The problem with asking what has conservatism conserved

After the passing of the latest omnibus spending bill, many members of the pro-Trump right were eager to excoriate the Republican political establishment for needlessly capitulating. They are correct that the bill was terrible --- increasing discretionary spending in almost every single category---but the blame ought to fall equally on the leadership that drafted it and the president that signed it.

Nonetheless, this controversy led many populist Trump backers to echo a long-used talking point: “What has conservatism conserved?” In other words, what has the political right done to preserve American values or achieve policy ends? But the phrasing of the question belies a poor understanding of American conservatism.

The American conservative movement is a relatively new movement, and William F. Buckley defined it as fusionist: an alliance of free-market libertarians like F.A. Hayek and Henry Hazlitt, religious traditionalists like Russell Kirk, and ardent anti-communists like Whittaker Chambers. But why “conservative”? What were these people looking to “conserve”?

Liberalism.

Classical liberalism, a loose ideology of enlightenment values, natural individual rights, and free-market economics, was the ideological system these conservatives were looking to conserve from the progressive movement, who eventually appropriated the label of “liberal.” Progressives like Woodrow Wilson and Franklin Delano Roosevelt, who thought the Constitution was a barrier to progress in the form of bigger government. While the conservative movement had traditionalists at its inception, the idea that the preservation of culture or identity was the primary goal of American conservatism is wrong.

But how effective has the American conservative movement been at preserving classical liberalism and limited government? Some commentators see American government and conclude that the conservative movement has failed at conserving limited government and that Trumpism, both in commitment to the man and the pseudo-ideology, is the only way for the right, because “he fights” even if not always for the right things. But the fact is that the conservative movement has been “fighting” since well before Donald Trump.

Writer Noah Rothman had a piece almost two years ago citing some examples of what the conservative movement has achieved over the past forty years.

The spread of originalist interpretation of the Constitution has been a major triumph of the conservative movement.

The spread of originalist interpretation of the Constitution has been a major triumph of the conservative movement. Once considered a solely conservative view of the law, that judicial philosophy has become mainstreamed: the US has come far since the defeat of Robert Bork. The Federalist Society is the best example of an “alternative institution,” developed as a competitor to mainstream liberal organizations, that has thrived, and indeed, the successes of the Trump administration regarding judicial appointments, from Gorsuch down, can be attributed to the work of the Federalist Society.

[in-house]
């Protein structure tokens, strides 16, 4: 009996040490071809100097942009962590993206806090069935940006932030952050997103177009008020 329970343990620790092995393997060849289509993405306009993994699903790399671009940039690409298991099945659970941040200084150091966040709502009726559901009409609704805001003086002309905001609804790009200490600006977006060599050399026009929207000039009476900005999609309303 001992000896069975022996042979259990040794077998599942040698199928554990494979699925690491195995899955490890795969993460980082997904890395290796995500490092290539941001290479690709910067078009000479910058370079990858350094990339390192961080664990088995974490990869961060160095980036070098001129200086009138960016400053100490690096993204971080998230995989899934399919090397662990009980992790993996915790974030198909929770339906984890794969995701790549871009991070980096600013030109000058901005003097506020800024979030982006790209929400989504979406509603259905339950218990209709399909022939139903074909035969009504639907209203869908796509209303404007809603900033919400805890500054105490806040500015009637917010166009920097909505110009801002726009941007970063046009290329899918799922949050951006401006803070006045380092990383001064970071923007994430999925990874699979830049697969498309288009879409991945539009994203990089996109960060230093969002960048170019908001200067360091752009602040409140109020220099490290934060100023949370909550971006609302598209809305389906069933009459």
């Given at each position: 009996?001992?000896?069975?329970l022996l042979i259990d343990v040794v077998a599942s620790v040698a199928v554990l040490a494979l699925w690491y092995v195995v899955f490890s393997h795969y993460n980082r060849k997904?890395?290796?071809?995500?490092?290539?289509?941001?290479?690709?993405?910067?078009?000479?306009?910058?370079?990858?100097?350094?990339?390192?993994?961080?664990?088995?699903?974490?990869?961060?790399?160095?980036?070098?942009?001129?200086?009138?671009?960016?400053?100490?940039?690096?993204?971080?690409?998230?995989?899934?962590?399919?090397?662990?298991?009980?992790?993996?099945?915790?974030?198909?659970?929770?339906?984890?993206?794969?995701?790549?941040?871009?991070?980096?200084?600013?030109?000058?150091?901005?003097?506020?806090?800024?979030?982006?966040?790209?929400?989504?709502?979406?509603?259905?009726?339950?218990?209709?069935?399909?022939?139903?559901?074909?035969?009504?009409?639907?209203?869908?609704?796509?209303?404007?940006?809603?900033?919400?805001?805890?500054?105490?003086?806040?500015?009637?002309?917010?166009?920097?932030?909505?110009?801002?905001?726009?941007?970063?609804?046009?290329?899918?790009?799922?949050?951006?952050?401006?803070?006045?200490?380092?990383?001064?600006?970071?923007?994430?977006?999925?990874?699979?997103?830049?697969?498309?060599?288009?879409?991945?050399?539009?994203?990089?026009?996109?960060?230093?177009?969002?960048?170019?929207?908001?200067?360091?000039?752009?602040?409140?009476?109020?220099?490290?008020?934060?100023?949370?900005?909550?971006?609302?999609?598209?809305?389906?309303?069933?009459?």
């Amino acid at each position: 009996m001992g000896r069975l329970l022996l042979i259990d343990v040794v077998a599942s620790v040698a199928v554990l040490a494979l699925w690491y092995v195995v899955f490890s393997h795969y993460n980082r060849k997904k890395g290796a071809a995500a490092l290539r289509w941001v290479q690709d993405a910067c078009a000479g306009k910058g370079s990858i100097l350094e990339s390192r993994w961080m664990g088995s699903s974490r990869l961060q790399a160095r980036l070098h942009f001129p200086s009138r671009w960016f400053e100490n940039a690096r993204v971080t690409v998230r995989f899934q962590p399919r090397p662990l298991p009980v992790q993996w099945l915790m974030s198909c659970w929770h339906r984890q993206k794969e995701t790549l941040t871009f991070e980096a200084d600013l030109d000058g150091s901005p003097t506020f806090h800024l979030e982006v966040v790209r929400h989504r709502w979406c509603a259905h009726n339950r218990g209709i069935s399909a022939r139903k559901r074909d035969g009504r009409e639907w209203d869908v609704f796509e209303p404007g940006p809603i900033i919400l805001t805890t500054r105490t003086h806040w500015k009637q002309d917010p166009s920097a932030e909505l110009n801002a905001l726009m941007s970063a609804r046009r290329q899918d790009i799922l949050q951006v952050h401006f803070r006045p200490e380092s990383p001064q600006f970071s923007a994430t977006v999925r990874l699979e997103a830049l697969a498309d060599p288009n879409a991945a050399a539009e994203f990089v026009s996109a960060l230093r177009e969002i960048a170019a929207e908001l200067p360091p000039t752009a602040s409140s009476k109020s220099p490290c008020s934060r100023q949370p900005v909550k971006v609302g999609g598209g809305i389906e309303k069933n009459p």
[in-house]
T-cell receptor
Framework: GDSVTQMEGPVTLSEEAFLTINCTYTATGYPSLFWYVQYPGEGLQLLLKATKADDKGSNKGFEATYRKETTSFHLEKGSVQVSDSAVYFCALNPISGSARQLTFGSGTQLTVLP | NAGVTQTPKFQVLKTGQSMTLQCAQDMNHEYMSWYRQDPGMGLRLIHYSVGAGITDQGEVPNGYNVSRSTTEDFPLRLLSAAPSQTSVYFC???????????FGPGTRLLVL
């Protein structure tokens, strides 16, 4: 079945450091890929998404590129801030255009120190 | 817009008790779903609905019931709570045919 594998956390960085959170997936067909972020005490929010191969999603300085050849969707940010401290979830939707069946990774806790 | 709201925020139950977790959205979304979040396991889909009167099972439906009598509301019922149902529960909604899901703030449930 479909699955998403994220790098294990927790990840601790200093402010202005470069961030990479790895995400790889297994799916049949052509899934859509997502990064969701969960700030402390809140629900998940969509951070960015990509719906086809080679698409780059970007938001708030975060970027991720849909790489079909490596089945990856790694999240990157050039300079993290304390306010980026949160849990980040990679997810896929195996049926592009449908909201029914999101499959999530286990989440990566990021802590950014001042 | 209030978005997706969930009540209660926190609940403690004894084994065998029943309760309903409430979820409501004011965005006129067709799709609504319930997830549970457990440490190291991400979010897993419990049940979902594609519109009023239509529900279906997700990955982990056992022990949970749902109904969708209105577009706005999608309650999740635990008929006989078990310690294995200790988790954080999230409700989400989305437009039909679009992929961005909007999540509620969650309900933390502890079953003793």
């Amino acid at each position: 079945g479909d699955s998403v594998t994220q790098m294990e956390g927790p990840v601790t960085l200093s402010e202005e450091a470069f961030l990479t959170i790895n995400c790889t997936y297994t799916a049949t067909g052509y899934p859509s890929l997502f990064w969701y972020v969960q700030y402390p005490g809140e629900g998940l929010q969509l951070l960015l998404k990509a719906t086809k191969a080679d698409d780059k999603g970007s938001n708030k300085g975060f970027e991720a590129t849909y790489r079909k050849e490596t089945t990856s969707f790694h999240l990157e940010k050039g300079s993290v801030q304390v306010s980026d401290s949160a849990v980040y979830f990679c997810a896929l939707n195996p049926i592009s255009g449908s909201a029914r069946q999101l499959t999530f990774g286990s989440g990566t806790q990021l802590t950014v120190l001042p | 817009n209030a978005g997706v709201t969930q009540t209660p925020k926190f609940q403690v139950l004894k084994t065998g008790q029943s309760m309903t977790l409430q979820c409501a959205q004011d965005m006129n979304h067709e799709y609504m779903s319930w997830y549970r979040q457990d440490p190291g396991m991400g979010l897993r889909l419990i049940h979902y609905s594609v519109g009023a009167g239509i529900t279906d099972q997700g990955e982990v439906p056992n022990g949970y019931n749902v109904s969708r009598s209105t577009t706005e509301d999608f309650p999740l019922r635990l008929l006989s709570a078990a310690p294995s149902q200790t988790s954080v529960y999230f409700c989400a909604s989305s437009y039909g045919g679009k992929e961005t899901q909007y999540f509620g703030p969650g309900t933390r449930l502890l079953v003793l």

Similarly, the Republican Party has been effective in driving the lowering of tax rates over time. When Ronald Reagan took office, the top marginal tax rate was 70 percent: following the implementation of both of his major tax cuts (1981 and 1986), the top marginal tax rate was 28 percent. Since then, the top marginal tax rate has never gotten above 39.6 percent, despite 16 years of Democratic presidents since then. Even Senator Bernie Sanders is unwilling to propose shifting the top income tax bracket above 52 percent. This shifting of the Overton window on taxes ought not be forgotten.

The efficacy of Republicans in opposition in reducing spending is also overlooked. Bill Clinton did not enter the presidency a centrist, and instead sought to expand federal government spending (remember HillaryCare?). But it was the Republican congress, starting in 1994, that forced President Clinton to pass much needed reforms to welfare, and ultimately, while kicking and screaming, to balance the budget.

The stalwart opposition from the Republican Party under President Obama cannot be overlooked.

Under President Obama, too, both the Boehner establishment and the Tea Party were successful in stalling the growth of spending. After 2010, federal spending growth slowed to the point where spending actually declined over the years 2012 and 2013 for the first time since 1954. Not to mention Mitch McConnell’s blocking of Merrick Garland’s Supreme court nomination. The stalwart opposition from the Republican Party under President Obama cannot be overlooked.

Does the conservative movement have failings? Yes. The Republican Party only seems to make a stand against spending when in the opposition party, and spending often rises faster under Republican administrations. Similarly, they seem unwilling to take seriously the national debt and the coming entitlement crisis. However, the idea that the pre-Trump political right was a feckless organization incapable of fighting for conservative principles, and that the current president is someone to build a movement around rather than someone benefiting from the fixtures of a movement that well predates him is a fictitious creation of his most staunch backers.